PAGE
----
(from "iwóglakA" > to speak about something
and "ši" > tell somebody to do something
) or in "waŋyaŋg wahí" > I came to see him
A word is closely associated with the noun that follows, as in "Lakȟól wičhóȟʼaŋ" > Lakota traditions
A word becomes a non-final member of a compound, as in "maswógnaka" > a tin can
(from "máza" > metal
and "wógnaka" > container
), or "makhíyapȟa" > to hit the ground (from "makȟá" > ground
and "iyápȟa" > to hit something accidentally
) or "itípakhiŋte" > towel
(from "ité" > face
and "ipákhiŋta" > to wipe with
4) in reduplication: as in "sápa" > to be black
→ "sapsápa" > the things are black
5) almost any terminal vowel can be dropped in fast speech. For example, "hená iyúha" > all of those
becomes "heníyuha" and "Táku tókȟanuŋ he?" > What are you doing?
becomes "Tág tókȟanuŋ he?".
Also, some final syllables of a word undergoes an additional change upon the terminal vowel loss. When a word ends with one of the syllables listed just below, the preceding consonant is sometimes changed from voiced to voiceless (z, ž, ǧ
becomes s, š
, and ȟ
) and sometimes from voiceless to voiced (p, k
, and g
). The sound "t" becomes "l". If the vowel of the final syllable is nasalized, the newly voiced stops are often nasalized as well, that is, "p" becomes "m", "t" becomes "n" and sometimes "k" becomes a nasal with the tongue position of "k/g", phonetically written as [ŋ]. Whether the voicing shift place depends on many factors, including speech style. Moreover, "č" changes into either "l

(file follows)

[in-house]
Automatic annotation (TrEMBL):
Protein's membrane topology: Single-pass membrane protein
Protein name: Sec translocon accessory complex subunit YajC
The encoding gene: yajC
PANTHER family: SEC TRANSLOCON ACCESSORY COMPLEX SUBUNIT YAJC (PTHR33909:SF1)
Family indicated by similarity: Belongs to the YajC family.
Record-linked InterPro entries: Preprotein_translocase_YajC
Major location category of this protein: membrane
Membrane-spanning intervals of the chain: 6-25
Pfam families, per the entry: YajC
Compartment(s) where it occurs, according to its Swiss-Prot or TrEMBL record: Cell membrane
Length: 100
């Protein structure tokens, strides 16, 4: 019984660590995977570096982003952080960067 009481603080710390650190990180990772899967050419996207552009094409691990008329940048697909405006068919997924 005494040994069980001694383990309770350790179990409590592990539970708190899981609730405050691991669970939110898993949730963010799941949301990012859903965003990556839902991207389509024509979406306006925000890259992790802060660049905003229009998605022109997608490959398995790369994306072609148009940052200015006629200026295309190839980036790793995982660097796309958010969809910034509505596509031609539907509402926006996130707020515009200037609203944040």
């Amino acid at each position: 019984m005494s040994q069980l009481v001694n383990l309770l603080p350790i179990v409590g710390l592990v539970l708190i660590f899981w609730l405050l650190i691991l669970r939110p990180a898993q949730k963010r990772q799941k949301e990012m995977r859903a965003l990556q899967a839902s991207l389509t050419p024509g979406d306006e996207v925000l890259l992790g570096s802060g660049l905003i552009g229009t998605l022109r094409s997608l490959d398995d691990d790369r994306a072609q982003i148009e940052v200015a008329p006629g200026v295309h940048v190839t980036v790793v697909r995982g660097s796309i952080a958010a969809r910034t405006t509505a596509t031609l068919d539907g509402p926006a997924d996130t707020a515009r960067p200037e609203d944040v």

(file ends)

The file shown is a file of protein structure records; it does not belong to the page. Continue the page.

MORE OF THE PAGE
" or "g/k
|-ča||→||-l||→||šíčA||→||šíl áya ||→||to become bad|
|-ča||→||-g/k-||→||šíčA||→||šíkšíča ||→||the things are bad|
|-ǧa||→||-h||→||KágA||→||kaȟší ||→||she told him to make it|
|-ka, (-ku)||→||-g/-k||→||wašʼákA||→||wašʼág-ičʼiya ||→||to make oneself strong|
|-pa||→||-b/-p||→||KsápA||→||Ksab-íčʼila ||→||to consider oneself smart|
|-ta, -te||→||-l/-t||→||Pȟéta||→||pȟel-ókšaŋ yaŋkápi ||→||they sat around the fire|
|-za||→||-s/-z||→||YúzA||→||Yús áya ||→||to lead sb holding him/her|
|-ža, -že||→||-š/-ž||→||owíŋža||→||owíŋš phikíya ||→||to make one's own bed|
A compound that involves lost terminal vowels before word initial vowel can have two or three alternative pronunciations and spellings. There is "slower speech", "transitional form", and "faster speech".
Some examples for slower speech is "masʼóphiye" from the transitional form "maz'óphiye", whilst the faster speech is "mazóphiye". Sometimes the faster speech forms are fully lexicalized, yet in other cases both forms are considered equally correct, like "Lakȟólʼiyapi" and "Lakȟótiyapi".*Notes:
*6 Dakota dialects have different rules for terminal vowel alternation. For instance, the Santee-Sisseton dialect completely lacks iŋ-ablaut. There are also differences as to which words undergo ablaut, as in "yuhá" which is an A-word in all Dakota dialects, but not in Lakota. Dakota variants of entry head words are not marked for ablaut as this was beyond the scope of the present research.*
Well, that's all! I'm gonna go over this a couple more times, and then make some cards for some words. Tomorrow I'll be learning a bit more of "k" and "č", and then move onto the next piece. Word of the Day:
See ya next time!